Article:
President BidenJoe BidenWhite House: Window for finalizing sweeping budget package 'closing' Jayapal says tuition-free community college 'probably won't' be in spending plan Jan. 6 panel votes to hold Bannon in contempt MORE is under pressure to do more to support reproductive rights after the Supreme Court allowed Texas to move forward with its abortion law, the most restrictive in the nation.
Biden, who has had a rocky relationship with abortion rights groups in the past, is vowing to protect Roe v. Wade and assess possible federal responses to the Texas abortion ban.
On Thursday, Biden said his administration would look for places where it can take unilateral action, with the White House also saying Congress needs to pass legislation to protect abortion access.
Speaker Nancy PelosiNancy PelosiWhite House: Window for finalizing sweeping budget package 'closing' Emanuel to take hot seat in Senate confirmation hearing Fixing Congress requires fixing how it legislates MORE (D-Calif.) said that when the House returns later this month it will vote on the Women’s Health Protection Act to codify Roe v. Wade.
Abortion rights group NARAL wants the White House to voice strong support for the bill.
“The White House should make clear their commitment to this critical legislation to ensure no other state has the opportunity to follow in Texas’ footsteps,” said Kristin Ford, NARAL’s acting vice president of communications and research.
“It is time for Congress and the White House to explore every possible avenue to restore our democracy and stand up for our fundamental freedoms,” she added.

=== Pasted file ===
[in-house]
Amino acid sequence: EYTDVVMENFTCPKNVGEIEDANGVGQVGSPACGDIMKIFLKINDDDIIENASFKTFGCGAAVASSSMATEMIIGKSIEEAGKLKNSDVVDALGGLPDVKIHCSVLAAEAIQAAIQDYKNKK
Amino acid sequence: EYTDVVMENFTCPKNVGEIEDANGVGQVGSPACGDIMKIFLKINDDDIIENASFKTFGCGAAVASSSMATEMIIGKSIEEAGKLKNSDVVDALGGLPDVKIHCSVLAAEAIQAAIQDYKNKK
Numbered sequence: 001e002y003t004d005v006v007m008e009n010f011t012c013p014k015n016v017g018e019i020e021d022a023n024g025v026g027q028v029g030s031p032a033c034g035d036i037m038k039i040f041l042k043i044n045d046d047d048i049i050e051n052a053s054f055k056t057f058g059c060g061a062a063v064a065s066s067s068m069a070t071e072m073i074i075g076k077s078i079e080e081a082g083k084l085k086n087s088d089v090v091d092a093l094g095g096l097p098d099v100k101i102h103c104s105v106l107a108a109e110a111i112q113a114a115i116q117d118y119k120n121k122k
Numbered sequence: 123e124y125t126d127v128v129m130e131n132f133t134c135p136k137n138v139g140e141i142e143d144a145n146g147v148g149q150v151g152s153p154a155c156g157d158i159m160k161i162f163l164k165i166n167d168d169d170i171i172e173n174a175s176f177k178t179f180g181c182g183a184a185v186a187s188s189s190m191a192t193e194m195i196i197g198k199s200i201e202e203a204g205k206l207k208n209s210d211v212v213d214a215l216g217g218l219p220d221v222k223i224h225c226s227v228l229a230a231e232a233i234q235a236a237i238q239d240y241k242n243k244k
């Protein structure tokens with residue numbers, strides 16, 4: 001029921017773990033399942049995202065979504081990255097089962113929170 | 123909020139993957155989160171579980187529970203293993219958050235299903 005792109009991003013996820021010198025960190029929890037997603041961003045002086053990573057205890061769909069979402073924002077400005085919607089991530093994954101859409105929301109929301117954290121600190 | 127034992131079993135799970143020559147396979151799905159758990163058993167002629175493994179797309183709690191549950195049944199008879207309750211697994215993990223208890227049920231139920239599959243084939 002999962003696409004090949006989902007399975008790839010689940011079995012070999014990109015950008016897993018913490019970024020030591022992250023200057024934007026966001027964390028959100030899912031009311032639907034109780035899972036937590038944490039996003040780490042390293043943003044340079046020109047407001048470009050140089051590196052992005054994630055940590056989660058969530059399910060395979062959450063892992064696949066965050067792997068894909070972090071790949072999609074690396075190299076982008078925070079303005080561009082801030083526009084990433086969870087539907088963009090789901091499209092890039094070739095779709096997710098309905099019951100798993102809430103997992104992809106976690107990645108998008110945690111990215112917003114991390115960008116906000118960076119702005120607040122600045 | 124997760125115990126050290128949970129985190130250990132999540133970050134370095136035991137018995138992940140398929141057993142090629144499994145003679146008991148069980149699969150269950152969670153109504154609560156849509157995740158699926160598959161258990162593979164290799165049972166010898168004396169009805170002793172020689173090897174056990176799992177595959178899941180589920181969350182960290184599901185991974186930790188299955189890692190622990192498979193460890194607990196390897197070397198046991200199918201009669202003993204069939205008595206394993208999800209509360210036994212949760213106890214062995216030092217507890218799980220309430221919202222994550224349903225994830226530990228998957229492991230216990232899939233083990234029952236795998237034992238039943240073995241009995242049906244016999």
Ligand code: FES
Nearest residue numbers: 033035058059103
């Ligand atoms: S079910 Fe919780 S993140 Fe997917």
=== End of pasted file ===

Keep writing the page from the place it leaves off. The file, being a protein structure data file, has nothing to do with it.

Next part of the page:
The Texas law, which was signed in May and went into effect on Wednesday after the Supreme Court declined to block it, bans abortions at six weeks and allows most citizens to file lawsuits against abortion providers if they think the provider infringed on the policy.
The White House hasn’t elaborated on what tools the federal government has at its disposal to counter the state law, but Biden indicated on Friday that the Justice Department might take action against the provision that allows citizens to file lawsuits.
“I was told there are possibilities within the existing law to have the Justice Department look and see whether there are things that can be done that can limit the independent action of individuals in enforcing ... a state law. I don’t know enough to give you an answer yet. I’ve asked that to be checked,” he told reporters.
Attorney General Merrick GarlandMerrick GarlandAndrew McCabe's settlement with the Department of Justice is a signal to John Durham Ron Johnson slams DOJ's investigation of schools, saying it unfairly targets parents Biden's Supreme Court reform study panel notes 'considerable' risks to court expansion MORE said the Justice Department is “evaluating all options” to protect a woman’s right to an abortion.
The Gender Policy Council and White House counsel met with reproductive rights advocates to hear their views on the Texas law after the president directed the two offices to launch a whole-of-government response.
“On the table, we’re looking at legislative actions, what are the best legislative actions, what are the actions that the administration itself can do, and he wants to see action and remains committed to that,” White House deputy press secretary Karine Jean-PierreKarine Jean-PierreBiden sends 'best wishes' to Clinton following hospitalization The Hill's 12:30 Report - Presented by The Conference of Presidents of Major Italian American Organizations - US opens to vaccinated visitors as FDA panel discusses boosters Biden intends to sign short-term bill raising debt ceiling MORE told reporters on Friday.
“This is all being taken seriously by Speaker Pelosi and Senate Democrats, and we’re going to work closely with them,” she added.